Friday, March 1, 2013

7 quick takes, 1 track mind

- 1 - 
Last night there was a most amazing folk dance. There was a concert first, with the band Bjäran. They were tons of fun and very high energy. Then there was a small break and then dancing. And after they played the spelmanslag (large group of folk musicians) from the student nation where the dance was held played more dance tunes.

- 2 - 
The Swedish word for tune is låten.

sista låten = sad time of night

- 3 - 
And if you are a person who hates bananas, you can eat an avocado and get so much potassium! Potassium is a great post-workout thing. So there is that.

- 4 - 
I also asked my dance teacher to dance! I usually get pretty nervous dancing with people who I know are much better dancers (because if something doesn't go quite right, it is far more likely that I am the cause). In the class usually the two instructors dance with each other to demonstrate, or if they dance with us, it is with the people who need the most help. I am glad to not be the person needing the most help (especially since all the instruction is in Swedish, so then I'd feel really bad for slowing down the progress of the class) but at the same time, I'd also like the privilege of dancing with the pros (they don't actually get paid, and also, I have danced with the other instructor). Anyhow. I really enjoyed dancing with him. He knew a lot of good tricks:)

- 5 - 
There is one really big difference (to me) between contra dancing and Swedish folk dancing. In contra dancing, generally you change partners for every dance, and often you try to dance with a new person for each dance. In Swedish folk dance, this is not the case, and I can't quite figure out what the case actually is. Someone once told me that usually you dance two dances with a person before changing. And some bands will play two of the same type of tune (aka two waltzes in a row or whatever) to facilitate this. Whatever the case may be, I always feel a little awkward to be the one to decide that I'm not going to dance another one with the person I was just dancing with. So usually this means I dance many dances with only a few people throughout the night. Oh I wonder if the person who asks is supposed to be the person to call it quits?! Maybe this is where I am going wrong!

- 6 - 
In dancing I usually prefer to follow rather than lead, but lately I've been trying to not avoid leading. In our class on Monday I led a waltz for the first time, and it started out shaky, but it was a really valuable lesson for me.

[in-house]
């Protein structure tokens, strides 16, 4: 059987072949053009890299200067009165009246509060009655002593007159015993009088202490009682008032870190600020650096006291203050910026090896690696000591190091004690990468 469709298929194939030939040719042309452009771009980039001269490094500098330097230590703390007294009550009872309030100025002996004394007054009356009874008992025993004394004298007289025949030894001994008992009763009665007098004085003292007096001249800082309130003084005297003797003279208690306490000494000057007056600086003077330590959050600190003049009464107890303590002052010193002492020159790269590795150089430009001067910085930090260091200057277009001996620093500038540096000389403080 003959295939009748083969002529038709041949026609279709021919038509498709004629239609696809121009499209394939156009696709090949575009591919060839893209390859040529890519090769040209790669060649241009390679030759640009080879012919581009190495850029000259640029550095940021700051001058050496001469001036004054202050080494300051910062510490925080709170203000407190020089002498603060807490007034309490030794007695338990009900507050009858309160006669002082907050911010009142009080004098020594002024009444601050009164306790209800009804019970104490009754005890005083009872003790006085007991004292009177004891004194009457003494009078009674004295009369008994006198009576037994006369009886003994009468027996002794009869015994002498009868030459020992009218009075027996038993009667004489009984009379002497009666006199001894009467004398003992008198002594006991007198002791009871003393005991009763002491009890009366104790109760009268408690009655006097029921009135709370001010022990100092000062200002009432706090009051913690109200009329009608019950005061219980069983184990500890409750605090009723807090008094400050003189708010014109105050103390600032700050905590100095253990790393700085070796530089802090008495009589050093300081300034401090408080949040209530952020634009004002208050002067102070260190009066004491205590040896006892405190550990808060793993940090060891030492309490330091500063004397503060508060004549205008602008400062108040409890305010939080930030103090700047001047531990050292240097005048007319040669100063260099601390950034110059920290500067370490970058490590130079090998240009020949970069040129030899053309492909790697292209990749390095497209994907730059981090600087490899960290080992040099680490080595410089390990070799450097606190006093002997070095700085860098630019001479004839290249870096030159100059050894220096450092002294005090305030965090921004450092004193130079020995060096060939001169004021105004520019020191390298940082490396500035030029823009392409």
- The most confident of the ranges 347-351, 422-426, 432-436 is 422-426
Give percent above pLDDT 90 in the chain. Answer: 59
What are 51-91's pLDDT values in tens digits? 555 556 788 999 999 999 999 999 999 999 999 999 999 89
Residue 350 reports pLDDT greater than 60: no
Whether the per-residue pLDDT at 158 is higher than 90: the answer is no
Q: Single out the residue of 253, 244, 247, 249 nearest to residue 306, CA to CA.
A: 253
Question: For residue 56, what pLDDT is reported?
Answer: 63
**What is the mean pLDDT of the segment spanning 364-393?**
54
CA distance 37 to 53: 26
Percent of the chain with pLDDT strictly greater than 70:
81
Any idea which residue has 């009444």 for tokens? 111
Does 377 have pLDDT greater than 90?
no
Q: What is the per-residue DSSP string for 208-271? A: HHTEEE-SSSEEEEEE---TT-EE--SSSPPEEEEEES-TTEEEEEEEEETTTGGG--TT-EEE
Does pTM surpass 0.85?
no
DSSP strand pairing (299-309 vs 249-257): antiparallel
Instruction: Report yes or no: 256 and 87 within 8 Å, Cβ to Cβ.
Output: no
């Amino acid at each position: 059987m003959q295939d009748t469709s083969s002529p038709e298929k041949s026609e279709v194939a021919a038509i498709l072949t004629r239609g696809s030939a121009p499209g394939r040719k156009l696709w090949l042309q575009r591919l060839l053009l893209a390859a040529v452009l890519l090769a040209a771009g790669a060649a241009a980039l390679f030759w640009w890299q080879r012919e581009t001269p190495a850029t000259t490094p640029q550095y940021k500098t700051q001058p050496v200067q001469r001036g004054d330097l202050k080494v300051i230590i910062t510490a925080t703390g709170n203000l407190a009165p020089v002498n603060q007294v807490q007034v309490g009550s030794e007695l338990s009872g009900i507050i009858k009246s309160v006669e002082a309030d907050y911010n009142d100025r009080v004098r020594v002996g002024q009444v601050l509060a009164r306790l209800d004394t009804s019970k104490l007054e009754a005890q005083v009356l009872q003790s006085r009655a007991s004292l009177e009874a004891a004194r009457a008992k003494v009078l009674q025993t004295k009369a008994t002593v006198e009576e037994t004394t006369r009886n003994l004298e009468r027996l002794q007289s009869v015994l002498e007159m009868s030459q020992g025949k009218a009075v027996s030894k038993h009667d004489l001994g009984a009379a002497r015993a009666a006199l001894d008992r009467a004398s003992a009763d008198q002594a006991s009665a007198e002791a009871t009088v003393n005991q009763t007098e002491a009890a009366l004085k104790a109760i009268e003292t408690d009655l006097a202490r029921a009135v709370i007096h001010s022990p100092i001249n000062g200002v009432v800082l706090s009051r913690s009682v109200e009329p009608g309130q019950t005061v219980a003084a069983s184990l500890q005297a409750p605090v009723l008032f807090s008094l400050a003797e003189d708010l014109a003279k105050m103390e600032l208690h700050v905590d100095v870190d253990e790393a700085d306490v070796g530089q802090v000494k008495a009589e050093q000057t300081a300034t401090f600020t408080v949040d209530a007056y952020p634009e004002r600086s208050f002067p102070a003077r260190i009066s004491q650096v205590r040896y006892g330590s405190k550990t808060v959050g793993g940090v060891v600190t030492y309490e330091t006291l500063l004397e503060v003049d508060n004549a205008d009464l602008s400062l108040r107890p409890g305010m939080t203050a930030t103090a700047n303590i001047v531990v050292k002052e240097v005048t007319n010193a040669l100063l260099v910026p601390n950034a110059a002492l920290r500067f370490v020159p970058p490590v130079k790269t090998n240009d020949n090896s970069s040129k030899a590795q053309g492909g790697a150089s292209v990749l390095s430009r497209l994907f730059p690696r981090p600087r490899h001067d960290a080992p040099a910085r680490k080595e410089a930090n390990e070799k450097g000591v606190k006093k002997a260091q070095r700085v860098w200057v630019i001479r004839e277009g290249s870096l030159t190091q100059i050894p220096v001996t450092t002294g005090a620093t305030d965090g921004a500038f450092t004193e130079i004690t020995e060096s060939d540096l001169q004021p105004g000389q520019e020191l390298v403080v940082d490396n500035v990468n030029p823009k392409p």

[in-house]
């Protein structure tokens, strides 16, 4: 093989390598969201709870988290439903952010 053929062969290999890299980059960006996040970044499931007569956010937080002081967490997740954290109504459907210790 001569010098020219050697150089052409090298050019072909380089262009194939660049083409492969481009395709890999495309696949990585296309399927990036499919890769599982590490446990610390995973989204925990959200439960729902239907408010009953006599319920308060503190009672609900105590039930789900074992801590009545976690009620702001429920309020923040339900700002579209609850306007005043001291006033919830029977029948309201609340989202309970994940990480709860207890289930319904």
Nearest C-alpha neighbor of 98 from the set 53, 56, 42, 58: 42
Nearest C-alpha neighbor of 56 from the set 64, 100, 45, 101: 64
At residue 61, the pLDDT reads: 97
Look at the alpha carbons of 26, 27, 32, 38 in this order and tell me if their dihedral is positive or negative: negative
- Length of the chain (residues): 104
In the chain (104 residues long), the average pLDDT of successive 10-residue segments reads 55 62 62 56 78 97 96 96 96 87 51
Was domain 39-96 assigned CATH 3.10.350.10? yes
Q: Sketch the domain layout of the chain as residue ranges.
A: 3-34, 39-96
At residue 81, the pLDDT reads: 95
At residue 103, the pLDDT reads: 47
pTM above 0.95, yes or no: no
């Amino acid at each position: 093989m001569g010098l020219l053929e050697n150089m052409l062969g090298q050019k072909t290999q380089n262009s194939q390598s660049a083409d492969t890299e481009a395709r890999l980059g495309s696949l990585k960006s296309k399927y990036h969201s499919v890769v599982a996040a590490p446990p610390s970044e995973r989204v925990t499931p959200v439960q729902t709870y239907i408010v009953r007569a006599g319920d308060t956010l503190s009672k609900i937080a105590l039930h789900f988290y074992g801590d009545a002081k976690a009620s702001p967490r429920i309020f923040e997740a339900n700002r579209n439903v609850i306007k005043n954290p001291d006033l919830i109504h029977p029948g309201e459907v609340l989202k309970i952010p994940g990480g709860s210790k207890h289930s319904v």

- 7 -
I've been telling a friend of a friend who is interested in dance about these events. At the dance in January we were talking about the dancing that we each have done. And he asked me if I've ever thought about organizing a contra dance here. The answer is: Yes. I'm just a little hesitant because there is a lot that would need to go into that. Most importantly I'd have to do a lot of practice with calling. Because I'd hate for someone to get a negative opinion of contra dancing due to bad calling. I must admit, it would be pretty interesting to program an evening of dancing for a group of people who know folk dance, but not contra dance in particular.

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And if you feel like reading quick takes from others who might talk about a wider variety of topics, head over here.

4 comments:

  1. I had no idea you take folk dance lessons; that's awesome! I dream of learning to swing dance, but I have few opportunities and a pretty unwilling husband... =) I was just reading that coconut water is a really good potassium source, too!

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    Replies
    1. Oh coconut water! I think I had heard that too, but I completely forgot about it!

      Also, if swing dance is really a big dream for you, you should check out classes! A lot of dance classes don't require you to bring a partner, and I've found that the best dance classes are those when you rotate partners throughout the session. I guess it really helps you to learn to be a more well-rounded dancer?

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  2. I love that your quick takes this week were all about dancing. Are you able to hold a conversation in Swedish while you are dancing with your partners?

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  3. If I want to ask more than how a person is doing and where they are from and tell them I'll see them next time? Then no. Sadly. But luckily for me everyone seems to be happy to have conversations in English with me!

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